Our amazing Indie Bookshop, The King’s English, asked us a couple months ago if we’d like to participate in a Skype discussion with Keely Hutton to talk about her debut novel Soldier Boy and we excitedly accepted! This book is nothing like I’ve ever read before, especially in the world of YA. It is a powerful and heartbreaking book that tells a story of a boy who learns to forgive when forgiveness doesn’t seem possible. I think that books like Soldier Boy are important for young readers, and adults alike, to help people understand that the world that we live in is not black and white. History needs to be talked about, even the bad parts.
Soldier Boy by Keely Hutton
All Ricky needed to do was wake up. Just open his eyes. And Kony’s red-eyed beasts with their long claws dripping blood and their fiery breath would have disappeared. His brother would be beside him. His parents and sisters would be safe and asleep in their beds.
Just like before.
Here is the true story of Ricky Richard Anywar, abducted in 1989 at age fourteen by Joseph Kony’s rebel army in the Ugandan civil war (one of Africa’s longest-running conflicts). Ricky is trained, armed, and sent to battle government troops alongside his brutal kidnappers, but over his two and a half years of enslavement, he never stops dreaming of escape.
Here also is the story, set twenty years later, of a fictional character named Samuel, a boy deathly afraid of trusting anyone ever again, and representative of the thousands of child soldiers Ricky has helped rehabilitate as founder of the internationally acclaimed charity Friends of Orphans.
I was a student at Weber State University in 2012 when the documentary Kony 2012 hit the world. I have not watched the documentary but I became very aware of who Joseph Kony was, and who he was in the world. I started seeing flyers with “Kony 2012” plastered all over campus and Facebook events started showing up encouraging people to go out and paint the town with awareness to the documentary. I think we live in this bubble where we choose not to see what is happening in other parts of the world, especially the negativity, unless it is directly related to us. In my opinion, just because Kony and his LRA (Lord’s Resistance Army) are in Africa it doesn’t mean that we as human beings are not affected by the actions they took against their society.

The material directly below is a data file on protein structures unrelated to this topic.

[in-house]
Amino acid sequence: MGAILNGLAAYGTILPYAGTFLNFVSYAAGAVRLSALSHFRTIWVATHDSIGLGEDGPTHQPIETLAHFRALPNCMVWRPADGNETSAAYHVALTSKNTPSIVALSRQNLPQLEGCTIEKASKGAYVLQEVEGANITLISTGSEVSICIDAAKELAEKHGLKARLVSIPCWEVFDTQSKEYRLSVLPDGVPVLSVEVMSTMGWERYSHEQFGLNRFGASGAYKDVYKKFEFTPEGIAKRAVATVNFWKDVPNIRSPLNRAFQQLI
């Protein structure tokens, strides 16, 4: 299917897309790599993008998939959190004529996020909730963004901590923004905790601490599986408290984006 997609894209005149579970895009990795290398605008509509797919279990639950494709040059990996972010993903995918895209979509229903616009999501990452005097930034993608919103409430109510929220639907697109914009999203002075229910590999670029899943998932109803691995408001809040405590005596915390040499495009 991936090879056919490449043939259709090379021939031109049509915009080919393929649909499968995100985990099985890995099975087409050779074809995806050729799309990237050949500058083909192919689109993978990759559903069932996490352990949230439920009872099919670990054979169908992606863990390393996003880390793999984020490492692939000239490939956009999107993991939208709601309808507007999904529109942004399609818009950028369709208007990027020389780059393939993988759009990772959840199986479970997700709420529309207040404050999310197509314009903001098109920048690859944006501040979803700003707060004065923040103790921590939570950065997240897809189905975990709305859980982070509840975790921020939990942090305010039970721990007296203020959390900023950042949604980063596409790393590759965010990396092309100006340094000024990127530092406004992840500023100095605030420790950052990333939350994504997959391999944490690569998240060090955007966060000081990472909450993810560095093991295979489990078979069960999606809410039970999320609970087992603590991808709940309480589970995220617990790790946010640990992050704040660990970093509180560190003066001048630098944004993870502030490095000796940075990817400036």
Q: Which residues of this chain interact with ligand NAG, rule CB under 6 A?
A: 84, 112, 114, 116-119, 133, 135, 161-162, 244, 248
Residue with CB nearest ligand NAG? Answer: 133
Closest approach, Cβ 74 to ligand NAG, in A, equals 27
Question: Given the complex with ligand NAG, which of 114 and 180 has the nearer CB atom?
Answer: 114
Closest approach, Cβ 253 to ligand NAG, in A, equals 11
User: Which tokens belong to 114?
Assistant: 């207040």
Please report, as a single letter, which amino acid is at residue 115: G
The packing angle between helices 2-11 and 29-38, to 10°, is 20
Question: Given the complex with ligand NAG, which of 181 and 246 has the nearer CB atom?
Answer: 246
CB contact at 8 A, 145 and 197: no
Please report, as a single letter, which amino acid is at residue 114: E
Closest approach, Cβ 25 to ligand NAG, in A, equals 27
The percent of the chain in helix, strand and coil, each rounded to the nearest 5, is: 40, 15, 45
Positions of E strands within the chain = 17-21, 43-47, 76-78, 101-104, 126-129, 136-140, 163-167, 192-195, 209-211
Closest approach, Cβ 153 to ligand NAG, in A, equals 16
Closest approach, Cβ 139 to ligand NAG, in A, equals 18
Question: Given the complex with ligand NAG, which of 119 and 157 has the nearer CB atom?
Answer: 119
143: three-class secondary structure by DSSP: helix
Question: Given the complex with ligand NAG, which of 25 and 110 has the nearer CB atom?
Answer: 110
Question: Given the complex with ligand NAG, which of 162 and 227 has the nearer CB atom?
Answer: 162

This book is done in two points of view. The first POV is that of Ricky Anywar, who is a real life person, and Keely did a wonderful job of writing Ricky’s story in a way that makes you feel what he is feeling. When we spoke with Keely the other day one of the questions asked was, “How much of Ricky’s experiences were in the book, and were there any parts that were changed?” Everything that happened to Ricky in the book are true events that happened to him during his 2 1/2 years in the LRA. Knowing these events actually took place made reading some parts of the book very difficult but by the end you can’t help but feel inspired by Ricky’s strength and inspired by his will to survive.
The second POV is from a fictional boy named Samuel. These chapters in the book were found less often but were used as a way to relieve the reader of the difficult events taking place. Keely based Samuel off of a compilation of real life survivors of the LRA. Although he is a fictional character, Keely wrote him so realistically that it felt as if this book were about two real life boys who escaped a life of fear and learned that there is still hope in a world where all feels lost.
I listened to this book on Audible and I can’t rave enough about it. I listen to most of my books and this is probably one of the best audio books I’ve ever listened to. Although there are moments in this book that may be hard to listen to I highly recommend it. Kevin R. Free is one of my new favorite narrators. He brought Ricky’s story to life in the most authentic way and really portrayed the emotions of each character in this book.
Have you read other YA Books based on real individuals? If so, what books? Will you be adding this to you TBR lists?